Today in books and publishing: Booksellers turn away Amazon-published books; James Franco releases a chapbook; R.I.P. Han Suyin; Pippa fights for her right to party.
Bookstores won't stock Amazon titles. Booksellers have sniffed out an intruder in their midst, plotting to take brick and mortar bookstores down from the inside. Houghton Mifflin Harcourt's New Harvest line might look like any other publishing operation—but wise booksellers know that it belongs to Amazon. And they don't like the idea of using their stores as a showroom for their largest competitor, so they're weeding the double agent books out of their stores. "At a certain point you have to decide how far you want to nail your own coffin shut," says Michael Tucker, owner of San Francisco's Books Inc (pictured above). He's refusing to stock titles like Timothy Ferriss' The 4-Hour Chef, released through New Harvest. "Amazon wants to completely control the entire book trade. You’re crazy if you want to play that game with them." This embargo probably won't register as much more than a tiny blip on Amazon's radar, but there's evidence that it could sink their designs to become a content creator. Remember Penny Marshall's memoir, My Mother Was Nuts? That book came out through Amazon, was shunned by many stores, and sold only 2,000 copies in its first week. [The New York Times]
James Franco, poet. How to read James Franco? Is this actor-author-director-artist-lecturer a true Renaissance man, a shameless opportunist, or a pop-culture prankster? Who knows, but he just earned himself another hyphen: poet. His first chapbook, Strongest of the Litter, is out now via Hollyridge Press. From the publisher:
These poems, thoroughly beautiful and spare, have the texture of contending angles. Authenticity can be achieved only through different voices: in an investigation of the range and strength of American art, in homage to Williams Carlos Williams, in awe at the cost to American actors of their art (notably Taylor, Clift, De Niro and Brando), in the celebration and limitation of Kowalski love...
Han Suyin dies. The Chinese-born author whose memoir A Many-Splendoured Thing was adapted into a Hollywood romance, dramatizing the Korean War and China's fraught 20th century history for western audiences in the 1950s, has died at 95. Suyin was born in China to a Belgian mother and a Chinese father, later moving to Europe as an adult. Her over two dozen novels and memoirs often straddle the two cultures, translating the history of contemporary Asia for western readers. A Many-Splendoured Thing detailed her affair with Korean war correspondent Ian Morrison, an Australian. Her other books touched on topics like the Sino-Japanese war (Destination Chungking) and growing up mixed race (My House Has Two Doors). She died at her home in Lausanne, Switzerland, and is survived by her daughter Yung Mei Tang. [The Washington Post]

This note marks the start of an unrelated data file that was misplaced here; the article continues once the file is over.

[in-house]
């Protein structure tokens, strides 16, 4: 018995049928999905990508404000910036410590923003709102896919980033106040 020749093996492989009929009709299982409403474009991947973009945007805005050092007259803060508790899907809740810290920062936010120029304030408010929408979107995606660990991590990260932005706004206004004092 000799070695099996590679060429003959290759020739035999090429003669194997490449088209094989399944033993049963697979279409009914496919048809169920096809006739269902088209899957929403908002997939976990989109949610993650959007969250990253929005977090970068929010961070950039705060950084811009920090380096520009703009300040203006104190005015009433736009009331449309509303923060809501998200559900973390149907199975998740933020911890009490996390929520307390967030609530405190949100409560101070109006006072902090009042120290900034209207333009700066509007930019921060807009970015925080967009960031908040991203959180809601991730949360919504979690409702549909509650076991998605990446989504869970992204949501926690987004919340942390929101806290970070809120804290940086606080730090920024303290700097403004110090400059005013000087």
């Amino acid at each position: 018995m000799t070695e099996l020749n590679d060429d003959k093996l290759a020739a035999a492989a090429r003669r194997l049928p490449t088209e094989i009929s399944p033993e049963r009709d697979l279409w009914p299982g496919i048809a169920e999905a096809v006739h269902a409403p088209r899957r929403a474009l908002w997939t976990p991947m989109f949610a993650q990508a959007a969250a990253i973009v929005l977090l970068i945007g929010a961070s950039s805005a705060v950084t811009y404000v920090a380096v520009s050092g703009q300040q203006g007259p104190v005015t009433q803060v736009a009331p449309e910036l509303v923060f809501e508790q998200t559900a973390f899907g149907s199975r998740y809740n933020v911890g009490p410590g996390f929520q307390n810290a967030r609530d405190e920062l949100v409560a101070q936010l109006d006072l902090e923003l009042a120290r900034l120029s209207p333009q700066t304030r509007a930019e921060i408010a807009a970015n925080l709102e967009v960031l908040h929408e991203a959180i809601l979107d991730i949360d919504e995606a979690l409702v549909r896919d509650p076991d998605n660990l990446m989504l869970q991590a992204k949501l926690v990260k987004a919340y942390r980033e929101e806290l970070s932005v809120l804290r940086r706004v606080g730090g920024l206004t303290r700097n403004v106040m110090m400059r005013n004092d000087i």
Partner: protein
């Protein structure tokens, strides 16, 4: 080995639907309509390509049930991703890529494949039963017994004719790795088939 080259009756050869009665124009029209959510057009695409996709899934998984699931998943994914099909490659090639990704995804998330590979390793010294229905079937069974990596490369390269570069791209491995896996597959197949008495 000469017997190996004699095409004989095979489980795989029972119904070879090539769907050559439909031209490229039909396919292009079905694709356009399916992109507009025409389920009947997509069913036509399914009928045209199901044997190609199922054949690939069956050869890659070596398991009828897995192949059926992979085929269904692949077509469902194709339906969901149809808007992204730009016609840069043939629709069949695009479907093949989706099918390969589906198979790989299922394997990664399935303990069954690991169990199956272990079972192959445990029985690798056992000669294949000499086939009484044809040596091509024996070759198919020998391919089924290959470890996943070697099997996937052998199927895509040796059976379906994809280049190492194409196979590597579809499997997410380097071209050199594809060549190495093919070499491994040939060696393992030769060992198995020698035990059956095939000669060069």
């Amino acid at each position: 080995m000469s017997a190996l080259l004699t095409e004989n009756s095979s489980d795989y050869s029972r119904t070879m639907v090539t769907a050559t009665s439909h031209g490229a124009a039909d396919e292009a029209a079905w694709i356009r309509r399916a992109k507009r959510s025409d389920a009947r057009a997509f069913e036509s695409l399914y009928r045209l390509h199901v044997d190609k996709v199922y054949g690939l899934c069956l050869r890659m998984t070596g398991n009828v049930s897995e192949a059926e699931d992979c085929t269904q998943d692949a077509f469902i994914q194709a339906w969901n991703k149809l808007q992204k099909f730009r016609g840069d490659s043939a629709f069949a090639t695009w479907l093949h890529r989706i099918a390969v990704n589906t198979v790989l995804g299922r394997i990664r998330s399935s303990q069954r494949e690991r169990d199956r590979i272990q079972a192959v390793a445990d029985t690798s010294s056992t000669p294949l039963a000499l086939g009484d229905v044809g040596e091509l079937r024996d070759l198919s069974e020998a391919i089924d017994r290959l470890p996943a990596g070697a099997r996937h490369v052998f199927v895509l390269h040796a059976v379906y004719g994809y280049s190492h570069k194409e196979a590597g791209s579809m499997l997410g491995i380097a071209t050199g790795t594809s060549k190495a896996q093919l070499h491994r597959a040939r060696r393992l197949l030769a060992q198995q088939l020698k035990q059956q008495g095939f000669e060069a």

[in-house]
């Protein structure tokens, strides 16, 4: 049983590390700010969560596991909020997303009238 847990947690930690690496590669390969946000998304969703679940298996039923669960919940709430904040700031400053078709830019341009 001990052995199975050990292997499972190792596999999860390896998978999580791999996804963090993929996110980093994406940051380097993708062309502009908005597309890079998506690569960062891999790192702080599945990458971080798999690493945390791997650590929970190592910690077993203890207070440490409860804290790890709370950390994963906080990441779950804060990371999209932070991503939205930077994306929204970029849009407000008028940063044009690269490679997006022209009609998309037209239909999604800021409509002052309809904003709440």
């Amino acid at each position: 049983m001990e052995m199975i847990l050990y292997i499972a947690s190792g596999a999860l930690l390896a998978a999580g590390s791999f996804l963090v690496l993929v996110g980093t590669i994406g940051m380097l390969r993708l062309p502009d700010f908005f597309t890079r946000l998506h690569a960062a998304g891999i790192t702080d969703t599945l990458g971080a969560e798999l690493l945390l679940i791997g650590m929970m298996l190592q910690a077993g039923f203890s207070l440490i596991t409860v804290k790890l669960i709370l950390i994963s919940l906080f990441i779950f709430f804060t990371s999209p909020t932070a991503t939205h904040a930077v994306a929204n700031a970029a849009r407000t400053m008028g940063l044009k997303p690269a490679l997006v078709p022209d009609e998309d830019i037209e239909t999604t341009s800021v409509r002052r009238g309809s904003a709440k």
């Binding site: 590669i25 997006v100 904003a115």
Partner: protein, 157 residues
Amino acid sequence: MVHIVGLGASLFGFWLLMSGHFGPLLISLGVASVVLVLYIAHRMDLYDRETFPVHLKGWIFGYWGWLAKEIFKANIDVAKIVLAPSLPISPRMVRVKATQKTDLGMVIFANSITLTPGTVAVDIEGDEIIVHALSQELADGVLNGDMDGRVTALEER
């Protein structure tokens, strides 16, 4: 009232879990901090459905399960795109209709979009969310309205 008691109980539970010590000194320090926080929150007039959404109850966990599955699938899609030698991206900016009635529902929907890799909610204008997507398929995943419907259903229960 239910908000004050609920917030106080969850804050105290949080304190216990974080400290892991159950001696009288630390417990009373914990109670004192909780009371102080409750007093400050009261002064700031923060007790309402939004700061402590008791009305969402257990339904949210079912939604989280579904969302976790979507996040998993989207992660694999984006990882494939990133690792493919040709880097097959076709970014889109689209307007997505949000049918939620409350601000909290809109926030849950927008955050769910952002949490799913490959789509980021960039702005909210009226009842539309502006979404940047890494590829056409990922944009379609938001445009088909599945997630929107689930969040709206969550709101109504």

Pippa defends Celebrate. Book critics really piled it on Pippa Middleton's party planning guide, Celebrate, with the New York Post's Carla Spartos calling it the work of a "down-market Sandra Lee." Though getting into arguments with lowly book critics doesn't seem quite befitting of someone connected to the royal family, Pippa has piped up to defend Celebrate. Writing in The Telegraph, the self-described "foodie" says she knows how to prepare fussy, elaborate meals, but she wanted to keep this book simple and accessible. "I could have written a book that showcased the most extravagant or elaborate of occasions," she writes. "After all, I spent three years working for an events company planning parties—but I wanted to produce something that was achievable; something that people would have on their shelves for years." We also learn that she apparently has no vegetarian friends, considering the protein-heavy menu of a typical Pippa-planned soirée:
The last dinner I cooked for friends was slow-braised pig’s cheeks. I didn’t tell anyone what it was in case it put them off, but it was a huge success. Pigeon-breast salad and venison stew also appear regularly on my dinner-party menu.
She counts rabbit casserole and stuffed ox tongue among her other specialties. Mmm, flesh. [The Telegraph]
What's Romney reading on the campaign trail? David McCullough's Theodore Roosevelt bio Mornings on Horseback and Alex Berenson's thriller The Faithful Spy. Nice work getting New York Times reporters to see you toting Berenson's book, Romney. They'll like that, since Berenson was himself a Times reporter. [The New York Times]
This article is from the archive of our partner The Wire.